Miscellanies of literature, by the author of 'Curiosities of literature'.

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Page 412 - Verily I have cleansed my heart in vain, and washed my hands in innocency. For all the day long have I been plagued, and chastened every morning.
Page 77 - Take away the dross from the silver, and there shall come forth a vessel for the finer. 5 Take away the wicked from before the king, and his throne shall be established in righteousness.
Page 198 - Damn with faint praise, assent with civil leer, And without sneering, teach the rest to sneer; Willing to wound, and yet afraid to strike, Just hint a fault and hesitate dislike...
Page 64 - I saw it was adulterate. I met with several great persons, whom I liked very well, but could not perceive that any part of their greatness was to be liked or desired, no more than I would be glad or content to be in a storm, though I saw many ships which rid safely and bravely in it. A storm would not agree with my stomach...
Page 454 - Till the Ledaean stars, so famed for love, Wonder'd at us from above! We spent them not in toys, in lusts, or wine; But search of deep philosophy, Wit, eloquence, and poetry — Arts which I loved, for they, my friend, were thine.
Page 237 - ... ribs; so was this pair of friends transfixed, till down they fell, joined in their lives, joined in their deaths; so closely joined that Charon would mistake them both for one, and waft them over Styx, for half his fare.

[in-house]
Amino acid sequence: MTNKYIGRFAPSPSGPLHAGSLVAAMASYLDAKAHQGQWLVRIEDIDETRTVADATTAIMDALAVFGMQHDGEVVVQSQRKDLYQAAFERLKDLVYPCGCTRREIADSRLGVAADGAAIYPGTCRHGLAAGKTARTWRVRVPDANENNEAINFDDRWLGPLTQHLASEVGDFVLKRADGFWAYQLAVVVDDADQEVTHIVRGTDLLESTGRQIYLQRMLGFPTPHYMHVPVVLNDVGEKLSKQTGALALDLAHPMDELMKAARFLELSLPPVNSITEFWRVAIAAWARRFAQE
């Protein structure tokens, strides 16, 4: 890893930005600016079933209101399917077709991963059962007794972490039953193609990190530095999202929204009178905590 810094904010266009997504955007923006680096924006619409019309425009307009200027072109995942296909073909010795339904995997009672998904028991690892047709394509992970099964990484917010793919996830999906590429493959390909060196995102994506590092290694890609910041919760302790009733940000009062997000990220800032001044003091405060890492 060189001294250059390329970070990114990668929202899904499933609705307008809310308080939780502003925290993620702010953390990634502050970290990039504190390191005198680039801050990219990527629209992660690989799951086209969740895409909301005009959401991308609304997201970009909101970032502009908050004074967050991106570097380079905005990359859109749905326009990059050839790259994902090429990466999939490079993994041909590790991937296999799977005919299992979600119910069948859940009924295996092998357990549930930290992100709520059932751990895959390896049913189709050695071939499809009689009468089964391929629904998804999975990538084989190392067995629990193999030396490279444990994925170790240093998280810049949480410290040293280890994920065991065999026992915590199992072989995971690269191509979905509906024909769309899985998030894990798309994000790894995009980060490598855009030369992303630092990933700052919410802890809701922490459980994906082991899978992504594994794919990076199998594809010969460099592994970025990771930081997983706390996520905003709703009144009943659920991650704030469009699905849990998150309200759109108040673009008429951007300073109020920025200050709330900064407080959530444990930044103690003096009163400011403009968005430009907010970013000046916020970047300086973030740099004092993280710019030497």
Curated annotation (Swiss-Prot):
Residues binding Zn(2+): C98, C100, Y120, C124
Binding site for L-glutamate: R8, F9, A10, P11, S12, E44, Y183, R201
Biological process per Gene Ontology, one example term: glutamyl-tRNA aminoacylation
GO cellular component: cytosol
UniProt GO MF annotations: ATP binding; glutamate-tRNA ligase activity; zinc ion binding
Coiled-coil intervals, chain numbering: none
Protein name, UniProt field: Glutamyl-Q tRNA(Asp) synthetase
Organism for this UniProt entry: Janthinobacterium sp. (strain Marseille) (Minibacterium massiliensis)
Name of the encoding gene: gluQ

Page 406 - My conversation is slow and dull; my humour saturnine and reserved: In short, I am none of those who endeavour to break jests in company, or make repartees.
Page 290 - And since our dainty age Cannot endure reproof, Make not thyself a page To that strumpet, the stage; But sing high and aloof, Safe from the wolf's black jaw and the dull ass's hoof.
Page 71 - But Appius reddens at each word you speak, And stares, tremendous, with a threatening eye, Like some fierce tyrant in old tapestry.
Page 482 - I am still of opinion that it was a practicable scheme, and might have been very useful, by forming a great number of good citizens; and I was not discouraged by the seeming magnitude of the undertaking, as I have always thought that one man of tolerable abilities may work great changes, and accomplish great affairs among mankind...

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